Mobile Apps to Get Ratings From the ESRB and CTIA

The Entertainment Software Rating Board (ESRB) and CTIA, a cellular trade association, announced a rating program for mobile apps that will be instituted by a variety of partners in the near future. Just as video games have ratings from the ESRB, now too will mobile apps.

The app stores for the major U.S. carriers in AT&T, Sprint, T-Mobile, U.S. Cellular and Verizon are on board, as is Microsoft. We will see how far the rating system takes off without recognition from the two big gatekeepers, Apple and Google. Do apps really need to be rated or is it another example of the Nanny State making sure that everything is labeled and politically correct?

The submission process is fairly simple. Developers that submit to the various app stores through the carriers or Microsoft will be given a simple questionnaire to fill out to assess what type of rating the app gets. The process is looking for access to adult content or anything that sexual, violent, drug related or foul language. You know, all the good stuff. Developers will then be issued a rating certificate and a code that can be used when submitting that app to another app store so as to avoid going through the process for every submission.

The CTIA and ESRB will monitor popular applications for appropriate ratings and work with developers on making sure their apps have the right ratings.

Both the Apple App Store and Android Market already have rating systems based on age. It can be said that Apple does not need this system in any form because of its stringent review process for every app submitted to the App Store. Users are prompted when downloading apps that have access to questionable material to consent to the download. The Android Market has similar features though would a rating system would probably benefit Android a lot more than it would iOS.

How would you rate these apps?

When the ESRB came out with its video game rating system in 1994, there was considerate uproar over the notion of giving video games ratings like one would with movies. It was seen as a form of censorship and labeling of content. Yet, the system has endured and people have more or less taken as a part of society, like movie ratings or explicit lyrics stickers.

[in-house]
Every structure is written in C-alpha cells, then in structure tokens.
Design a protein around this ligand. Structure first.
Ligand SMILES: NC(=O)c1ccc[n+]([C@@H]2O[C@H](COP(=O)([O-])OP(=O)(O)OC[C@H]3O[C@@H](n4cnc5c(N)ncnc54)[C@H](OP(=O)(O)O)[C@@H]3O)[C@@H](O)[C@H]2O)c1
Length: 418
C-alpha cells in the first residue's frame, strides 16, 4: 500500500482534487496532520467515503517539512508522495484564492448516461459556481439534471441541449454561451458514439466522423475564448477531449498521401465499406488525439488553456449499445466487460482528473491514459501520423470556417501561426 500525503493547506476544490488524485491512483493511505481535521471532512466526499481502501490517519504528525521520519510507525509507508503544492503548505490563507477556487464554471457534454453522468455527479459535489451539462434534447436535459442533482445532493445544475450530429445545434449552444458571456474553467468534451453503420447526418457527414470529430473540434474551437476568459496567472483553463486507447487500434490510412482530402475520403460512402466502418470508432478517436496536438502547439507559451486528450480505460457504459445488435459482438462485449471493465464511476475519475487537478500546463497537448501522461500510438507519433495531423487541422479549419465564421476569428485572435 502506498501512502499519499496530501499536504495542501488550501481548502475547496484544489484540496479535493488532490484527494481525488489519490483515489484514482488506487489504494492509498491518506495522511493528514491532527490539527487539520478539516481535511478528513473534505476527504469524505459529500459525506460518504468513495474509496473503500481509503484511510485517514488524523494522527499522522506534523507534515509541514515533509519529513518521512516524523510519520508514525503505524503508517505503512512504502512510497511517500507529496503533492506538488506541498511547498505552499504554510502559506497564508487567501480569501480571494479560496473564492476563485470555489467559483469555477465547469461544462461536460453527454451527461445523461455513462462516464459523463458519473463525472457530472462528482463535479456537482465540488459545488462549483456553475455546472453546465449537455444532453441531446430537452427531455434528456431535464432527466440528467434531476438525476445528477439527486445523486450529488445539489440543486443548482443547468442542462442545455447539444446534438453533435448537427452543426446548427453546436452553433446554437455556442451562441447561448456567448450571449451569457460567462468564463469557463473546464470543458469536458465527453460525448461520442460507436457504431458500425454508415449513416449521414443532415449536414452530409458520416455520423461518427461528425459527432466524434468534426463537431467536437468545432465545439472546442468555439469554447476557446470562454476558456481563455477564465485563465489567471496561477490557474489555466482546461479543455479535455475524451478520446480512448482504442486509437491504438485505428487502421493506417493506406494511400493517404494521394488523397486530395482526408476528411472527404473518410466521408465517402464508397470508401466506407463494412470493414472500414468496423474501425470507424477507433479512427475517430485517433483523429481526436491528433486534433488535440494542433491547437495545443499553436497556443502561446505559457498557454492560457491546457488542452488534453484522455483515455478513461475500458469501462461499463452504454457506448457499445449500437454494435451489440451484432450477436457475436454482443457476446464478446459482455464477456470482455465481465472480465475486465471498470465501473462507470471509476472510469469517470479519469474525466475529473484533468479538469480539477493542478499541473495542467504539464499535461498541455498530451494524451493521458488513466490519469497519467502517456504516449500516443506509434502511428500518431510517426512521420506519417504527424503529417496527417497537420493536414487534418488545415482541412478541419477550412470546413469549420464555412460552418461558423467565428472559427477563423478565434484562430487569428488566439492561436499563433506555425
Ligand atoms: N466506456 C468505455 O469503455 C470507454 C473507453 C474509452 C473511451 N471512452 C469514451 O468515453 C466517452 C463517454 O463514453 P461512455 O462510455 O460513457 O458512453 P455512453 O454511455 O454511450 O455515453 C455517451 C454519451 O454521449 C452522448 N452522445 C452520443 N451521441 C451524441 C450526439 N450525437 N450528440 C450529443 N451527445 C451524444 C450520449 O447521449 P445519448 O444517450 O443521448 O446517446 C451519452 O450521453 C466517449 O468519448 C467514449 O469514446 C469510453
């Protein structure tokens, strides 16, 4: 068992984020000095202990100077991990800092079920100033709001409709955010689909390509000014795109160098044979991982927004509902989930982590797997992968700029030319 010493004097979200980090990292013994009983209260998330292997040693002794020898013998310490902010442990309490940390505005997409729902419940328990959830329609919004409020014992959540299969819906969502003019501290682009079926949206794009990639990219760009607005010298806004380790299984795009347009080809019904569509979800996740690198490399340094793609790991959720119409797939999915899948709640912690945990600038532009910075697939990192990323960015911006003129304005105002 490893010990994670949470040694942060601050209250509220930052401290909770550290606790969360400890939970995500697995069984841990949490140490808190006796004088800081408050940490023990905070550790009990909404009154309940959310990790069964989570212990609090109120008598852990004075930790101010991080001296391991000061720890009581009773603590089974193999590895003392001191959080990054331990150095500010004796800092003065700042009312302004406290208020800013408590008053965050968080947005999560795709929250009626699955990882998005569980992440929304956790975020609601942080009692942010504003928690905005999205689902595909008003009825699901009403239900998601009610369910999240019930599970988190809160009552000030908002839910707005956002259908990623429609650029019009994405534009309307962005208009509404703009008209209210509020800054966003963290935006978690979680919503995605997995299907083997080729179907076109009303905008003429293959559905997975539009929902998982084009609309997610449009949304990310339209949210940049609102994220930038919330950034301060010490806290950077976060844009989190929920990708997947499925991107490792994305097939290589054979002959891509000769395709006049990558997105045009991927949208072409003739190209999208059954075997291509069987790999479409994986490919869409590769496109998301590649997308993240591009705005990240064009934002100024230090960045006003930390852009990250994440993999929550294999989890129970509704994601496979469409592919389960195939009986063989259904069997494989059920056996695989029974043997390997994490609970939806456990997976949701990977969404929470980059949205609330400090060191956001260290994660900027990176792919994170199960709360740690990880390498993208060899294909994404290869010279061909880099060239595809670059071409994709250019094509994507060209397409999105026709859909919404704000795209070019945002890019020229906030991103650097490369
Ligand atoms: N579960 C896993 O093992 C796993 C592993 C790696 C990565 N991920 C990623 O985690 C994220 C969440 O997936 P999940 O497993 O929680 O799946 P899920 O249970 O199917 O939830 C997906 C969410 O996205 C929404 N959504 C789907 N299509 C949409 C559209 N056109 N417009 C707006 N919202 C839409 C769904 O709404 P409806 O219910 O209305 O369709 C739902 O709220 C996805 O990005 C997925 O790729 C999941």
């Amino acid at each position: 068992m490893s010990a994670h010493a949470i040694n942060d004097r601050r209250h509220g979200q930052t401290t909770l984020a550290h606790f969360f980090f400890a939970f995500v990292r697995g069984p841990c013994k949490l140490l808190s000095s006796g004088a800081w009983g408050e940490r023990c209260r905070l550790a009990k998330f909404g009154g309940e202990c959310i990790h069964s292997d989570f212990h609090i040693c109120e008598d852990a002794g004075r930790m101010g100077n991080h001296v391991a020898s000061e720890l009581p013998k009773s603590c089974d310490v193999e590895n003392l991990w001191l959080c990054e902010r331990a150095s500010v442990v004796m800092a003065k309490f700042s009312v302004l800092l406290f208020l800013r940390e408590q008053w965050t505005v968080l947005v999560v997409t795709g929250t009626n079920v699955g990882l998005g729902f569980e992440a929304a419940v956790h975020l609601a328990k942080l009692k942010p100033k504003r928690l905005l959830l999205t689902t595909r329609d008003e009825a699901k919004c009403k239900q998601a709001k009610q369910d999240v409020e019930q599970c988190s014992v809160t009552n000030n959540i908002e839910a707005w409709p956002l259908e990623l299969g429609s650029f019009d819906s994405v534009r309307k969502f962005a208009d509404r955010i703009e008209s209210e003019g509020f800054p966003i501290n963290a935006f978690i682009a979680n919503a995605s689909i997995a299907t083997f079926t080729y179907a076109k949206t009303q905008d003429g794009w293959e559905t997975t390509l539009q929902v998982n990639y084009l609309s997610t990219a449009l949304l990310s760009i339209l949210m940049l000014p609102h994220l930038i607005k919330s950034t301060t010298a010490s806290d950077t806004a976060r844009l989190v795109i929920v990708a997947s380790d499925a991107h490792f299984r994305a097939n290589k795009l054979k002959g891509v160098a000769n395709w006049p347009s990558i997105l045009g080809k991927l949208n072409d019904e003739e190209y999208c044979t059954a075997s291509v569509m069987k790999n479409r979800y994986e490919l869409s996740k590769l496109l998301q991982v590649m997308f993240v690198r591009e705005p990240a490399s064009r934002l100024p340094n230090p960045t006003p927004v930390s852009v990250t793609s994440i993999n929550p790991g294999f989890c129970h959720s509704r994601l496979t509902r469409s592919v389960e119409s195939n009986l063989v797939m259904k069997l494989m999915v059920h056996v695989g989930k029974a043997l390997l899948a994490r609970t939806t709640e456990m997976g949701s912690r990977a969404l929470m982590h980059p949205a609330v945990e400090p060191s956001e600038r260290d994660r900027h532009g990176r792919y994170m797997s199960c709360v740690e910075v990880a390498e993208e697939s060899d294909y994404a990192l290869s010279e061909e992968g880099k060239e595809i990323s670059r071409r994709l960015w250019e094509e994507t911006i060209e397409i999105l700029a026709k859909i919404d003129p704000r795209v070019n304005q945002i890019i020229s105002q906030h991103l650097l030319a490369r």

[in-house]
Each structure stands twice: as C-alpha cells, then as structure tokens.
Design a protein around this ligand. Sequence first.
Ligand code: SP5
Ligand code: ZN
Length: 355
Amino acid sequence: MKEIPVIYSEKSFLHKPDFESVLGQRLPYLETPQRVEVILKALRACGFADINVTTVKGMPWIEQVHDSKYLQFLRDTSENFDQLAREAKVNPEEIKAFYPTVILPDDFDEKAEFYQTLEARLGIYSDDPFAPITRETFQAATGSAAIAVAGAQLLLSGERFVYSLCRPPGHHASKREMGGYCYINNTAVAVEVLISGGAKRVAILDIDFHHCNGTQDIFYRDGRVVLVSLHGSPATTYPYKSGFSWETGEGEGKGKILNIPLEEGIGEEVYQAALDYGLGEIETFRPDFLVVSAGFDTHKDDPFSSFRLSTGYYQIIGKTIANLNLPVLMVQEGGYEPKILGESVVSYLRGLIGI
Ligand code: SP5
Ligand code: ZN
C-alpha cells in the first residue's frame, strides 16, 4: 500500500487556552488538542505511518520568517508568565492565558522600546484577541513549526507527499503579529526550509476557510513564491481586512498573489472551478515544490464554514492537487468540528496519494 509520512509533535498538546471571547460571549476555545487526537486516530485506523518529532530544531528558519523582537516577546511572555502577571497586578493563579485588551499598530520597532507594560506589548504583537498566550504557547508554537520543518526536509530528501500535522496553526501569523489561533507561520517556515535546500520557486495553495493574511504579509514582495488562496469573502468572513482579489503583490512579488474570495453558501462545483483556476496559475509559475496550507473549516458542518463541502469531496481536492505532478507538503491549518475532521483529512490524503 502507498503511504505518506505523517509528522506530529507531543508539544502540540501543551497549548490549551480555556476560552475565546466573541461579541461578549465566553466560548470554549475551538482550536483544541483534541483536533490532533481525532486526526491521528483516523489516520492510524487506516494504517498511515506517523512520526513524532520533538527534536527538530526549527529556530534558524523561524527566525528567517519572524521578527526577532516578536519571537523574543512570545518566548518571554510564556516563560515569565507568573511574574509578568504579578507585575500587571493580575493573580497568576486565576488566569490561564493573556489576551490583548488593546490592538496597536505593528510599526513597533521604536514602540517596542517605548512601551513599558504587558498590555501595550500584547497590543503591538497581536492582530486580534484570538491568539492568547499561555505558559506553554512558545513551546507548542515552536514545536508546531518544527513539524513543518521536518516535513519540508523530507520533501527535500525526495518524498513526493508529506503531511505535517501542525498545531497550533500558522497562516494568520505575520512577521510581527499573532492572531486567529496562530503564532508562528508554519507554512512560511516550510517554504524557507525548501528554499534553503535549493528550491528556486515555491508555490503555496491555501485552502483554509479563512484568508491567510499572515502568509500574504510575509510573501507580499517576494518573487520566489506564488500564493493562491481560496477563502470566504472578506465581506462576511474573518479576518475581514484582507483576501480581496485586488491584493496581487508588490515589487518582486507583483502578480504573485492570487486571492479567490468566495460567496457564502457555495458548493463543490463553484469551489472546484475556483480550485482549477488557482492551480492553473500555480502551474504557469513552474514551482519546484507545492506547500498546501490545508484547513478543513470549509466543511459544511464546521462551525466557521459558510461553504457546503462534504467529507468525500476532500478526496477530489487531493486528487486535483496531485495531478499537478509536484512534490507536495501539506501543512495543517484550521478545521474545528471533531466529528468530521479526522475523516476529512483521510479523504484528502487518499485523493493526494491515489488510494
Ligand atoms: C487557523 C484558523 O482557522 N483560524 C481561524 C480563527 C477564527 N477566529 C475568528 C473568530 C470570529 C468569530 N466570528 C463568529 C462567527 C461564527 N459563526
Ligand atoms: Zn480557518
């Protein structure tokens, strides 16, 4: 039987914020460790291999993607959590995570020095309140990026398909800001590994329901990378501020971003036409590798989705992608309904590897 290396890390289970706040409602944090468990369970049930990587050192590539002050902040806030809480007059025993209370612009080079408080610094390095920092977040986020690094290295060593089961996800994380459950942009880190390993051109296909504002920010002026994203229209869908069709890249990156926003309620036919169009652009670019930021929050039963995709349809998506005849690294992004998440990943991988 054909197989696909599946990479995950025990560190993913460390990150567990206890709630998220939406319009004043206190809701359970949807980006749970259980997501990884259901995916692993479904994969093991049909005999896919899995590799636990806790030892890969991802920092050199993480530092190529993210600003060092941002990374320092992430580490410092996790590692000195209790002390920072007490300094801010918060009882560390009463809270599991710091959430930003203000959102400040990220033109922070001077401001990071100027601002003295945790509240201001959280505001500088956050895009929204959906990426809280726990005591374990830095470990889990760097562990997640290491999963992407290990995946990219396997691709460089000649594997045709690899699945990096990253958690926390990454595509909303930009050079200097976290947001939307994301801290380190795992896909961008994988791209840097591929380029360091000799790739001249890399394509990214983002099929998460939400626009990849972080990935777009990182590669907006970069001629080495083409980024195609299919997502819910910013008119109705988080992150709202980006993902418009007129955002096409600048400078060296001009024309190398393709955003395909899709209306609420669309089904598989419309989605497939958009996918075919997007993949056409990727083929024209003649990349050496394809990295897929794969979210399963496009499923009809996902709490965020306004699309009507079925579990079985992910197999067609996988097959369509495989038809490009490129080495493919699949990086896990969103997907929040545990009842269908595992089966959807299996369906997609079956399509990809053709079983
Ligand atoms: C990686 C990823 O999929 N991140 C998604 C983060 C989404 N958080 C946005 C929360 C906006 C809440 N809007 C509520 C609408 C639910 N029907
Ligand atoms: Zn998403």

It seems that nobody is making a fuss this time around. Google and Apple are not participating (yet) and there are no civic groups or free speech proponents lining p to fight it. The carriers and Microsoft get a nice little public relations pat on the back for being the first six to carry the new rating system and little or no harm comes to Google and Apple by not taking part. That begs the question once again, is it really necessary?

In some cases, it probably is. There are violent games available for both iOS and Android though there is not much in terms of sexually explicit content in either store. What type of rating does a game like Gun Bros. get? T For Teen perhaps? What about Falling Fred, Rage HD or Infinity Blade? Or those ever popular fart apps?

Do you believe that apps should be rated? Do you believe in the power of the Nanny State? Or is this just another step in the commonly accepted practice of rating things? Let us know in the comments.

This article has been updated to clarify the proper acronym for the ESRB.

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